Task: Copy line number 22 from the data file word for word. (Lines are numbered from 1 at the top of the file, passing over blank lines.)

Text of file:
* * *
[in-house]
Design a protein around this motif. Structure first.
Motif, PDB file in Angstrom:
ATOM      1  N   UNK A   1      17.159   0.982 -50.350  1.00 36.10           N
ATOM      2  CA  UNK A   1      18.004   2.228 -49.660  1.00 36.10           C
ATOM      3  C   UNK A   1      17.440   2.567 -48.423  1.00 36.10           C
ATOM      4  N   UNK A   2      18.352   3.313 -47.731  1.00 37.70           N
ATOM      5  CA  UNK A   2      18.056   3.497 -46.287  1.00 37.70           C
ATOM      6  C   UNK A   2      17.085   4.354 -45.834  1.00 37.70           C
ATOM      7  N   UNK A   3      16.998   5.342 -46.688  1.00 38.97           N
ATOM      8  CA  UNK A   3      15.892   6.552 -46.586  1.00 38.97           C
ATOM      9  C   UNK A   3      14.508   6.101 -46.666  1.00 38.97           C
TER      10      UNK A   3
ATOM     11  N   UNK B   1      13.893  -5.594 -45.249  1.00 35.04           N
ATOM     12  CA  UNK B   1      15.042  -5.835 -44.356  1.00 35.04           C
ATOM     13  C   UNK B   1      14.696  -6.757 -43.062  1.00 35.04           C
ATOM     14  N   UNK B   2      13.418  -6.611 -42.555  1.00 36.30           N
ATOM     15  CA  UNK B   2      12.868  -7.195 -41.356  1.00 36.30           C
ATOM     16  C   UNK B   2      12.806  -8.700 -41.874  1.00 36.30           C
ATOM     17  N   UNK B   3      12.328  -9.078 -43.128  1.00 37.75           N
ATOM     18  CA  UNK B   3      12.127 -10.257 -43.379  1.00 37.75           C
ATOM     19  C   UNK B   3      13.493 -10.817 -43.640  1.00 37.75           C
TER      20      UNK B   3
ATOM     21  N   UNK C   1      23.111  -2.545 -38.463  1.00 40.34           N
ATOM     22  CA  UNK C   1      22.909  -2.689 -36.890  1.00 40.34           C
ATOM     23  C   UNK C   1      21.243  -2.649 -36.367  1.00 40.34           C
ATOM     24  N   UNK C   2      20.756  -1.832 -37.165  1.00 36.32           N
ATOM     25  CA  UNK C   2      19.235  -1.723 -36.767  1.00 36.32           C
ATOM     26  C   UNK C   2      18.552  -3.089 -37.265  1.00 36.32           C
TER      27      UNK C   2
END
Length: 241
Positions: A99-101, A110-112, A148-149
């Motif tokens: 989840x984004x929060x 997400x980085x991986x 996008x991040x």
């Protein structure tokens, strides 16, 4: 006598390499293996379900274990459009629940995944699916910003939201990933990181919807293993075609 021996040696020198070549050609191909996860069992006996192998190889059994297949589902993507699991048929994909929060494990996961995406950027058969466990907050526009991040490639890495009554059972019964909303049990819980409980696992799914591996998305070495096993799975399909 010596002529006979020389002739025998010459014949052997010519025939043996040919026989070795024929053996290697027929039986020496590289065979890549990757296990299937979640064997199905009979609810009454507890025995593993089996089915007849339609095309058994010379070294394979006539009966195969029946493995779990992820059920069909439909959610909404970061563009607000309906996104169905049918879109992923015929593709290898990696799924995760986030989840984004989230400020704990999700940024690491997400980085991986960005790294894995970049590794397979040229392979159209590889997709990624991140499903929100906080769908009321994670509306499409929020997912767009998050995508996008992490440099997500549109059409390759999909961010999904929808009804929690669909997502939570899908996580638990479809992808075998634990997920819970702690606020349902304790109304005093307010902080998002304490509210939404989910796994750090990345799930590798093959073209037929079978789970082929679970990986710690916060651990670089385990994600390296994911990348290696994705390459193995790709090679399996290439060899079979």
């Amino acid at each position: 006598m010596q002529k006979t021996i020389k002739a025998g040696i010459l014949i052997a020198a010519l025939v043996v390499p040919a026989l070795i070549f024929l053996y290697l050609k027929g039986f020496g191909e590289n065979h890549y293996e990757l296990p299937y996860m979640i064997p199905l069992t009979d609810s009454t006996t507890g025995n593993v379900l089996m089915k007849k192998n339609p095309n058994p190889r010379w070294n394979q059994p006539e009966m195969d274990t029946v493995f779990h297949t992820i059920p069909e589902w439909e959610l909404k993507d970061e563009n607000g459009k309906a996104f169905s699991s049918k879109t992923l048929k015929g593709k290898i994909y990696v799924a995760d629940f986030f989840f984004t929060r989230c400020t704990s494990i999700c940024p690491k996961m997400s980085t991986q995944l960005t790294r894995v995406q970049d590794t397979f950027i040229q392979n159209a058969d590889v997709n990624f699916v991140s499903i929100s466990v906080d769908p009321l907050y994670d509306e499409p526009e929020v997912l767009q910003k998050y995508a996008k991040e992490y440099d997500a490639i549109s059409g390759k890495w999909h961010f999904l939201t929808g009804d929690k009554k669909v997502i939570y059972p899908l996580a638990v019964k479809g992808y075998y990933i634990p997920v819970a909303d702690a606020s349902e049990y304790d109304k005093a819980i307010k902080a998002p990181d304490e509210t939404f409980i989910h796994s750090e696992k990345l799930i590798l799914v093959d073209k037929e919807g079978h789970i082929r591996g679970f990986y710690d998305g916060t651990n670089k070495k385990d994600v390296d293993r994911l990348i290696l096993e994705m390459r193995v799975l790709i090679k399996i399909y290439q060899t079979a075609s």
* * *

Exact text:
ATOM     19  C   UNK B   3      13.493 -10.817 -43.640  1.00 37.75           C